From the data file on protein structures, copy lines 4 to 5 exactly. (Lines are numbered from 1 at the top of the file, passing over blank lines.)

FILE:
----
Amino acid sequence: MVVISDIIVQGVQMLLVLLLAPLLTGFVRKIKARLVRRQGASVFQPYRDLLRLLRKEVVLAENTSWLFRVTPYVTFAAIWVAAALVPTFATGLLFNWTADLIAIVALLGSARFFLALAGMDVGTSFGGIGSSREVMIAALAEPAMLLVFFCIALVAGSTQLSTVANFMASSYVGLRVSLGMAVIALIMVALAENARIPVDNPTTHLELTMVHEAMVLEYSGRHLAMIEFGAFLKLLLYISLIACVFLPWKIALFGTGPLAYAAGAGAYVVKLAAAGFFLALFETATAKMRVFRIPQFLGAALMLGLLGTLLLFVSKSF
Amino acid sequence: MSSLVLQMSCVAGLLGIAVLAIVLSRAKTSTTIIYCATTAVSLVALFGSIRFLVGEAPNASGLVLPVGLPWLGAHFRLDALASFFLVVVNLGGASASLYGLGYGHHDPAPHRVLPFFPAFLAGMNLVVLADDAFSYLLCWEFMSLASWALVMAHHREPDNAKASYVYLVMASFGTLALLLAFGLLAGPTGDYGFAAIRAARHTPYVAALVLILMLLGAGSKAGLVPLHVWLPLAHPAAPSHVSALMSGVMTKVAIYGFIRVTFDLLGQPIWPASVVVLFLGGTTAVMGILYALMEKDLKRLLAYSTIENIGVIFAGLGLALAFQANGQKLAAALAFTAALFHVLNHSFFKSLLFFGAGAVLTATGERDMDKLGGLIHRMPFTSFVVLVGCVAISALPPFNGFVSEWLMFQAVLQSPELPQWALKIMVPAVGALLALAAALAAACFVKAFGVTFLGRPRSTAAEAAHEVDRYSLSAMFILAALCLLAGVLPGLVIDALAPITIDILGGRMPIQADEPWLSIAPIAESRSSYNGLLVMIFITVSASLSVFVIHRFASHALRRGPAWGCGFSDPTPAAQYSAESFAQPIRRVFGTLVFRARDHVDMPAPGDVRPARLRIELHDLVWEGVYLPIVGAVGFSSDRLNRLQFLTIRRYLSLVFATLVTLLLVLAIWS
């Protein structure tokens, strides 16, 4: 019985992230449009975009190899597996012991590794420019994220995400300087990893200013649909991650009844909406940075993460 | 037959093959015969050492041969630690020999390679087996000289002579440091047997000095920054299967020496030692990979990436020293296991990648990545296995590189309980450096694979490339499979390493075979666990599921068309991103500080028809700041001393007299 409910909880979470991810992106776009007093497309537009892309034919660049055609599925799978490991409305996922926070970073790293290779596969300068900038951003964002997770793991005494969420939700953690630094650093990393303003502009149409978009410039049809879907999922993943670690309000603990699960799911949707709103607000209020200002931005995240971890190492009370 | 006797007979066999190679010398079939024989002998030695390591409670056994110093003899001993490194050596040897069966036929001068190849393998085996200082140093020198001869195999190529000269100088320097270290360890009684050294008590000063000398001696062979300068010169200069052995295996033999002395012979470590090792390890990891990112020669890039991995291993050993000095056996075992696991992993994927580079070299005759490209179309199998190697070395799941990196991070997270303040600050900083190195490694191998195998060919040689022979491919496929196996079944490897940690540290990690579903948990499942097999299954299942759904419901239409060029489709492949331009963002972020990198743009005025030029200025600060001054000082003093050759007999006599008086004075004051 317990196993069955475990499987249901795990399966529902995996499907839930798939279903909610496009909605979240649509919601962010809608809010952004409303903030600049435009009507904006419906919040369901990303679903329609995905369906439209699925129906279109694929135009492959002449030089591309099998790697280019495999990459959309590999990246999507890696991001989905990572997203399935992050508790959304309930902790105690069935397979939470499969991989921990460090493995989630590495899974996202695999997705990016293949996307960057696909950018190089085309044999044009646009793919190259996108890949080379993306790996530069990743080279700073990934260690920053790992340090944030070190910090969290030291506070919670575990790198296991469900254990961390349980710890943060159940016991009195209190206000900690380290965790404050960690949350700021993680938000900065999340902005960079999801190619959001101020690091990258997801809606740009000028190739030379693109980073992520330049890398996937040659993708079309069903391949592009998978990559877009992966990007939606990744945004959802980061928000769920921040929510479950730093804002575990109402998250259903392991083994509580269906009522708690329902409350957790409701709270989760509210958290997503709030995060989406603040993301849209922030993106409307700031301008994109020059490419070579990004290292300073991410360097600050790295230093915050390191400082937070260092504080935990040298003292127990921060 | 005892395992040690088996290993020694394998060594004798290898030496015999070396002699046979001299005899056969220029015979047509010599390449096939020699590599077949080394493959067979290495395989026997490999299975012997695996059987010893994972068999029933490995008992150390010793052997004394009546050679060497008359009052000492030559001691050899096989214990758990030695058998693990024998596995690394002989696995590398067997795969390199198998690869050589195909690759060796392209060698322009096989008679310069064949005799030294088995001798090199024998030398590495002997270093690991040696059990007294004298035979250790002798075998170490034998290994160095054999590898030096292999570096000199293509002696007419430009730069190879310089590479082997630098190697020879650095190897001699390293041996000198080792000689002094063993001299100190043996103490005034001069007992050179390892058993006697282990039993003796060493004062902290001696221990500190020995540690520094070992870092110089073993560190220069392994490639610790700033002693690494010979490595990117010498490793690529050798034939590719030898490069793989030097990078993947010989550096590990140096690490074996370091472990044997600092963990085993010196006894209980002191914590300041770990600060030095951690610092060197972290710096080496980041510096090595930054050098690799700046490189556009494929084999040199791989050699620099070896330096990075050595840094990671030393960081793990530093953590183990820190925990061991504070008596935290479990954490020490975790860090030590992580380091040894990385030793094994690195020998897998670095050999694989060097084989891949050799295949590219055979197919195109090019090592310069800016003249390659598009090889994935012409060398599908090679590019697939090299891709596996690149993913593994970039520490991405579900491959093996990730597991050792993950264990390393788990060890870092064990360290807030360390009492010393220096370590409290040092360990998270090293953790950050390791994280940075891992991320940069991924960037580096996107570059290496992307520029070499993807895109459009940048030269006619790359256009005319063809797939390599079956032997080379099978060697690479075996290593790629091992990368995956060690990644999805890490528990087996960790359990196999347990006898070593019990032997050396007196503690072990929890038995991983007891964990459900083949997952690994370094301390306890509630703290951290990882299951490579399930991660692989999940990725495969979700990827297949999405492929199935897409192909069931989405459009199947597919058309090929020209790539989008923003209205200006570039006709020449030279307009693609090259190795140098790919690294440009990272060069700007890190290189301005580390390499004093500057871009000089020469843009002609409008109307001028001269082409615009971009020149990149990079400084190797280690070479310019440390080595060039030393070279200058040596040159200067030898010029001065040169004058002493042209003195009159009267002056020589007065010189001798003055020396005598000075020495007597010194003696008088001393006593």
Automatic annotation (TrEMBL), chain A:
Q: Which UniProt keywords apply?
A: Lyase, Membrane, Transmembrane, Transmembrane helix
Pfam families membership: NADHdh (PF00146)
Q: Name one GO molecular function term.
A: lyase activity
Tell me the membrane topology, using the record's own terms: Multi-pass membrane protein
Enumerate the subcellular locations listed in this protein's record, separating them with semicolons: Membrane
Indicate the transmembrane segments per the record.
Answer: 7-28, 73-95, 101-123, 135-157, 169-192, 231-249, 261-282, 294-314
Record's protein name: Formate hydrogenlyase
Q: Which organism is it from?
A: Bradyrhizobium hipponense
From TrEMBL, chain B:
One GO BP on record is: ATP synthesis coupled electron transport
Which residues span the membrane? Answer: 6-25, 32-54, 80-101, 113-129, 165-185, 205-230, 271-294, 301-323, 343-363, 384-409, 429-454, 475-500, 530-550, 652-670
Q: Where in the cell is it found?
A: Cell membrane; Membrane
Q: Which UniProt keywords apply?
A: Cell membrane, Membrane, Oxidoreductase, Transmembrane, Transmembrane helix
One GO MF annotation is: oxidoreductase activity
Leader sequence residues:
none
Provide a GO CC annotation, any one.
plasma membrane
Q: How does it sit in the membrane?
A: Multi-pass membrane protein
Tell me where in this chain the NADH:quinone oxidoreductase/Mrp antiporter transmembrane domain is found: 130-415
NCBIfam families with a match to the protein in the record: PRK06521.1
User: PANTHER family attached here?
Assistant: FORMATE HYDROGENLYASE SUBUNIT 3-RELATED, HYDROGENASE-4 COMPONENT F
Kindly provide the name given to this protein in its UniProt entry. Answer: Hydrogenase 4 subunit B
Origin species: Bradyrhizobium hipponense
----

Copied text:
Automatic annotation (TrEMBL), chain A:
Q: Which UniProt keywords apply?